Made for each other!

Beautifully handcrafted, without any machines! this piece of exotic Dhokra art, made from molten brass, by the Maria Tribal Community, represents the divine Male-Female union acting as a symbol of love.

The faces of both are reflection of each other, with the only differentiation in their headgear of bison horns (male – Madia) and peacock feathers (female - Madin) which makes it a unique gift adding to the home décor as the mark of eternal love for your partner in life.

Set a style statement to the decor of your home with the touch of these exquisite dull gold figurines crafted by tribal artisans in the Bastar region of Chhattisgarh out of bell-metal, brass and bronze. The Ghadwas (tribal community) of Bastar practice the dhokra art with lost wax technique or hollow casting.

Do you realise these can also be used as paper weight, sure to change the look of your home and worktable?

Madia is tall with approximate dimensions 5 x 3 x 8.5 inches whereas Madin is 3.5 x 3 x 6 inches.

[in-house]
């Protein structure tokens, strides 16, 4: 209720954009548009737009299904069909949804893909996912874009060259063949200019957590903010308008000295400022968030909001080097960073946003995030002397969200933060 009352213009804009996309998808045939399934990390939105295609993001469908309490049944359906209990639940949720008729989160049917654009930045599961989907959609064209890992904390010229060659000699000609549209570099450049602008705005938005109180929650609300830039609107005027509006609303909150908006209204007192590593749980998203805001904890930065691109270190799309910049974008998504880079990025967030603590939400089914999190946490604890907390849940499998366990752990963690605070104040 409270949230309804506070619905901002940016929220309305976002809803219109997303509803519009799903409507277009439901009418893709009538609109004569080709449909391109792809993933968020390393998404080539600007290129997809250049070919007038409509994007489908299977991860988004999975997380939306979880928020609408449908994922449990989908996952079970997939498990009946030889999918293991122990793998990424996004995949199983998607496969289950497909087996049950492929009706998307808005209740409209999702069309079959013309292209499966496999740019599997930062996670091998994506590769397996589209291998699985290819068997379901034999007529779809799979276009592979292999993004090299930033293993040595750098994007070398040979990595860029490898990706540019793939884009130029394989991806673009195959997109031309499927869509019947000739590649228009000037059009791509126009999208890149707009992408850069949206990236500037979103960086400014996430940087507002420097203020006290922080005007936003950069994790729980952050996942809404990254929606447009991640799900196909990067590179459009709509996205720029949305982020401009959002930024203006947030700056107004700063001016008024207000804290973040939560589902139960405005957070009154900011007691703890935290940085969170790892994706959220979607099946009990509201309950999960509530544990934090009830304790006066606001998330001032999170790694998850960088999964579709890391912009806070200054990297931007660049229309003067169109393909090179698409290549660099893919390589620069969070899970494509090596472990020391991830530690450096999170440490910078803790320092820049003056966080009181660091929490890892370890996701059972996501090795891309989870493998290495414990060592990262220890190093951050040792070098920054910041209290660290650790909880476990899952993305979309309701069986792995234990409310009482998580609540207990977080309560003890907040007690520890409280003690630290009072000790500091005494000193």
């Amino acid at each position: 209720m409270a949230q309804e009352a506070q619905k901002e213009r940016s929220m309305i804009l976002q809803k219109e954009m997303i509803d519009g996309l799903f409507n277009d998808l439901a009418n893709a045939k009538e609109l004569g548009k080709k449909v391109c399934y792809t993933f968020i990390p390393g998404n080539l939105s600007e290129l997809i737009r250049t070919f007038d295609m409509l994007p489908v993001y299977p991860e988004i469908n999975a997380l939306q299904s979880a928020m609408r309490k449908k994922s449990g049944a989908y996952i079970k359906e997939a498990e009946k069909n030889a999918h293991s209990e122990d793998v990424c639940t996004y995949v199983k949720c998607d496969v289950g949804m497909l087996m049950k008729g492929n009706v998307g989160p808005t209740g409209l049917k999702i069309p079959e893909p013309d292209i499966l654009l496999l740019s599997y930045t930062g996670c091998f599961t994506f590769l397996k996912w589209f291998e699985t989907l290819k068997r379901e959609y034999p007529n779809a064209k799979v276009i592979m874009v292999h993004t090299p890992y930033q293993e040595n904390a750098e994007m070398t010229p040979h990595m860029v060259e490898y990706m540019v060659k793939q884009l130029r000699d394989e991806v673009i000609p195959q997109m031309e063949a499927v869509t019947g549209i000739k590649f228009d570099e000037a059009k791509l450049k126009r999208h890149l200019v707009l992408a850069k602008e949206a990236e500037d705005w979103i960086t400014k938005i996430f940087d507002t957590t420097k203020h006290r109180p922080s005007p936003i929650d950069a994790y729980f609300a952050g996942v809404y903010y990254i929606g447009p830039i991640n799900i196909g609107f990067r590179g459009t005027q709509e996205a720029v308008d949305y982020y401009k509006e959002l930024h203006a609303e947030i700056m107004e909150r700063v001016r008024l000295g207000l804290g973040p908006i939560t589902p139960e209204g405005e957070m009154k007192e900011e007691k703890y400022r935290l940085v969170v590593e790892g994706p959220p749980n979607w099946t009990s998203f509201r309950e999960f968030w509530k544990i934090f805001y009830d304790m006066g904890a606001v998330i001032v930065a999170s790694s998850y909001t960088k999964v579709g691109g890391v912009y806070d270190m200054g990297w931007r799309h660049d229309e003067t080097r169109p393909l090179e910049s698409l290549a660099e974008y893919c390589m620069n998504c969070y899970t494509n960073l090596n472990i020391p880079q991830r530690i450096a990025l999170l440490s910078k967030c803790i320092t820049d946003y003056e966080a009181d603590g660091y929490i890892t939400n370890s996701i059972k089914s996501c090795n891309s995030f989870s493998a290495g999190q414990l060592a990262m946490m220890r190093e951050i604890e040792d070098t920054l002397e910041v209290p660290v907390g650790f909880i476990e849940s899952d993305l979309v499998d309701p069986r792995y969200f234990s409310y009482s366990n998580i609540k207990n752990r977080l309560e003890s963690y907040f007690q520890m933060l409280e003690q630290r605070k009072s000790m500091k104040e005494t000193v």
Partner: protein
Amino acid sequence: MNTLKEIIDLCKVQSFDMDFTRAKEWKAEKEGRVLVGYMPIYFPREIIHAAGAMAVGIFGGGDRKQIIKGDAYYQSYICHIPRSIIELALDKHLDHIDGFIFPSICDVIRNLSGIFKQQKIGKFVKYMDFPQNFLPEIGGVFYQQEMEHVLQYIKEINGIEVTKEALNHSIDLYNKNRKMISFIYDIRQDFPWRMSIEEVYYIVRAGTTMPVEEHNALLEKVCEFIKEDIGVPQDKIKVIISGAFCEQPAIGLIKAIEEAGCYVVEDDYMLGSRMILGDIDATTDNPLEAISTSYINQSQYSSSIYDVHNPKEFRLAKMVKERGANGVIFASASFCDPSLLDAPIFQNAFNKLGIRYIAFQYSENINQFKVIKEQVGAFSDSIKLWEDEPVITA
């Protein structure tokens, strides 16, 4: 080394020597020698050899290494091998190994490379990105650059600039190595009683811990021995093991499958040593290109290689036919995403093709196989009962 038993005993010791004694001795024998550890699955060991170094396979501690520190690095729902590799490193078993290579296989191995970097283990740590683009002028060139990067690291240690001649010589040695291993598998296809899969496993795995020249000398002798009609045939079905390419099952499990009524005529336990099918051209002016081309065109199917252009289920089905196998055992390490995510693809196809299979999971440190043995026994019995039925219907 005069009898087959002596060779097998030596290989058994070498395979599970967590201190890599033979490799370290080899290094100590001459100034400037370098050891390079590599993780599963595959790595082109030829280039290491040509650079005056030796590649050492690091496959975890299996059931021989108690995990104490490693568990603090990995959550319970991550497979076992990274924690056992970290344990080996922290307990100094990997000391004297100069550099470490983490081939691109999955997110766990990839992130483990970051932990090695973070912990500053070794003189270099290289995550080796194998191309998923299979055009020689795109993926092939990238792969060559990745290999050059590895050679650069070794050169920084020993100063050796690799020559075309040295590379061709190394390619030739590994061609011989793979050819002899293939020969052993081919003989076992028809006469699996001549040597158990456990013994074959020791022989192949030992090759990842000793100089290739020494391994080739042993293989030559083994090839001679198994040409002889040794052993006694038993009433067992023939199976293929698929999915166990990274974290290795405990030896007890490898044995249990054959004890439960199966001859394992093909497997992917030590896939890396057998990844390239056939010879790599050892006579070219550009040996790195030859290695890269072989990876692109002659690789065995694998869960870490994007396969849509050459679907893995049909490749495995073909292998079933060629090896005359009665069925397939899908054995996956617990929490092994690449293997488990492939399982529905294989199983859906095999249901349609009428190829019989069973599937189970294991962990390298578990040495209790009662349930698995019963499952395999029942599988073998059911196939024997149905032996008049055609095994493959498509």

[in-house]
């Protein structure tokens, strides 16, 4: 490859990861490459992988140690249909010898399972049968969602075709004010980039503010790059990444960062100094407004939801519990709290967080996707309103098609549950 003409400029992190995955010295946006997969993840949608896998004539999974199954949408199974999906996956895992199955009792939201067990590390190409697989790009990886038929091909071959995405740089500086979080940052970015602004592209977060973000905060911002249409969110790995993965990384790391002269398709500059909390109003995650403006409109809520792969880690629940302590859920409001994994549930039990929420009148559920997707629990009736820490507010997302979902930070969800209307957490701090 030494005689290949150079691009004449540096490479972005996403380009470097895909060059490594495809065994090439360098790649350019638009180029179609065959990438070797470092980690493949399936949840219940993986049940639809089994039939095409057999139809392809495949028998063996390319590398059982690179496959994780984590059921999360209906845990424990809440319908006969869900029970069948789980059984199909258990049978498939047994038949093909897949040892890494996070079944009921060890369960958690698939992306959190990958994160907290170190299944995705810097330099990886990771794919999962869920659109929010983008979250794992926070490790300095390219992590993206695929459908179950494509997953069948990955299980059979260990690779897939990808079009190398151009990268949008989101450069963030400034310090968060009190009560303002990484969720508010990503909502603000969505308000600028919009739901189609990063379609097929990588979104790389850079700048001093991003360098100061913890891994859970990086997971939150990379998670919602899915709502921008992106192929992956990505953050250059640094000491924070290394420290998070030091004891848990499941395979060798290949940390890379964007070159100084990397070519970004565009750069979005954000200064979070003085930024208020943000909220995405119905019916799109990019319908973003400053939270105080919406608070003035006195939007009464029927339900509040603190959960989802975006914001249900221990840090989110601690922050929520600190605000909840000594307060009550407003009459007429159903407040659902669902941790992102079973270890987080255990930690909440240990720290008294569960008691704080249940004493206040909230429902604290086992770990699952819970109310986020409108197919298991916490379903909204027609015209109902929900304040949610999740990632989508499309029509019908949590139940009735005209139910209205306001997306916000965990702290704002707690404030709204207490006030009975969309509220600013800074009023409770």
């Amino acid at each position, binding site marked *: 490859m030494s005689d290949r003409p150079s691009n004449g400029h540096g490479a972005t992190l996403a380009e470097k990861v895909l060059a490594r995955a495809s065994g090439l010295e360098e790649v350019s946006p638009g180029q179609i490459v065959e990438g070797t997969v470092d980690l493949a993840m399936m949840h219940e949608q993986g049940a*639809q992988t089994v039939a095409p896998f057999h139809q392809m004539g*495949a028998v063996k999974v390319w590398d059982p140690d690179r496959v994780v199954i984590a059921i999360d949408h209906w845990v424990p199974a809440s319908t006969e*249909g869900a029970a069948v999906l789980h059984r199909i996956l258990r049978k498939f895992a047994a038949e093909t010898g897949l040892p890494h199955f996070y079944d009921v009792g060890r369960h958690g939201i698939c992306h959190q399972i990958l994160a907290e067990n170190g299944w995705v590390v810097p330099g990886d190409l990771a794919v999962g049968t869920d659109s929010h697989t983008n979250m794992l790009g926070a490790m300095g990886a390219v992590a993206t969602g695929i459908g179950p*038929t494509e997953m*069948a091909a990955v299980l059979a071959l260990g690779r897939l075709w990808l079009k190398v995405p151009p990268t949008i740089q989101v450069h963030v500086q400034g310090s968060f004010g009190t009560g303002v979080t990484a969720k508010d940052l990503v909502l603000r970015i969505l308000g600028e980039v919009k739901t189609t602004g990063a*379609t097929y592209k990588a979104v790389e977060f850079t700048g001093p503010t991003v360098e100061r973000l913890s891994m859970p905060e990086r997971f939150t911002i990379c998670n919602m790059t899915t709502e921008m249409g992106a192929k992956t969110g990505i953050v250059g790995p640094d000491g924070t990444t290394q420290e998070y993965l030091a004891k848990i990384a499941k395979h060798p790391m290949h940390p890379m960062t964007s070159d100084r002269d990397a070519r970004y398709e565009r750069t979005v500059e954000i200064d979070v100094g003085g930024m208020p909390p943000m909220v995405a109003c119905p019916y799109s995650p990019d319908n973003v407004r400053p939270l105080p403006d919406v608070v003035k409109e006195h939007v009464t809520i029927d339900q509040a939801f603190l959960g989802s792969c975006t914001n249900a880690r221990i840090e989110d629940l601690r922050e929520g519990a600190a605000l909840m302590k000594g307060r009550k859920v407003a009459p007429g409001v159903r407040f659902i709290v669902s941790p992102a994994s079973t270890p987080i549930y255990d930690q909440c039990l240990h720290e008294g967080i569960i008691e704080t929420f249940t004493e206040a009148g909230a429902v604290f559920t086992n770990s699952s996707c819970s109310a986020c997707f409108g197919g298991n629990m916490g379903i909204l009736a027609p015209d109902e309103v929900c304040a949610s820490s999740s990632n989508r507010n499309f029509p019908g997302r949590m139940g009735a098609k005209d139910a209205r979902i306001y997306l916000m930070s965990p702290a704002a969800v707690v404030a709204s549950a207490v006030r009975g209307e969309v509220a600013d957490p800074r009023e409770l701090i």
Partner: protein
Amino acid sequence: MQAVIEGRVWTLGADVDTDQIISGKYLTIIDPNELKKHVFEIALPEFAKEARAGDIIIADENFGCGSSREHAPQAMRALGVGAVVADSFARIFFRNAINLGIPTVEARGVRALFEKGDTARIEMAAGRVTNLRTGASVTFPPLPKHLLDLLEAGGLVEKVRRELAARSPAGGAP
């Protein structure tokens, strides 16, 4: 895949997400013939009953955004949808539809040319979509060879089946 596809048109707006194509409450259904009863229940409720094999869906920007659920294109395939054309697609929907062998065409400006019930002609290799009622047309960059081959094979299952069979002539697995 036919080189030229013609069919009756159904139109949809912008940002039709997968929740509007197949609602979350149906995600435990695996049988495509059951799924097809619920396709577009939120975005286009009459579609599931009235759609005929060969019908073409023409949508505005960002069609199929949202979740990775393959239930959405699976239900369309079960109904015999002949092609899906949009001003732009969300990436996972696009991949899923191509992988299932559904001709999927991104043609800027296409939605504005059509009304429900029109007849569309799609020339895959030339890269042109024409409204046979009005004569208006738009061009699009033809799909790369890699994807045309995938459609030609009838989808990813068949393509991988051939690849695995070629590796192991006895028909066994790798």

Caring instructions : Wipe with a dry cloth

Roomantique guarantee : Our crafts last lifetime.  

For more details about Dhokra process, please look at our Gallery page. 


Product Disclaimer : The product(s) you receive might vary slightly from the product picture due to the nature of our product(s) being 100% handmade, and not factory manufactured. Please read our Product Disclaimer for more details. 

Dhokra, or Dokra - is a special process being used from the time of the Bronze Age when man had just begun inventing tools. The famous sculpture of the “Dancing Girl” that we all read about was actually a Dhokra art form that came from Mohenjo-Daro - the ancient city from the Indus Valley Civilization. The technique used for making the Dhokra art is believed to have originated from there and preserved from generations for more than 4,000 years. Dhokra art eventually came to be recognized in the modern world for its primitive simplicity, enchanting folk motifs and artistic charm. Our search for such skilled craftsmanship ended in the Bastar region of the state of Chhattisgarh, India. The tribal folk here are famed for following the ancient process of creating Dhokra crafts using wax technique that involves 12 stages of forming, shaping and solidifying the handicrafts through the touch of human hands at every level. The artisans call this process “Gadhwa” comparing it with the time of nine months of an infant’s growth in the mother’s womb.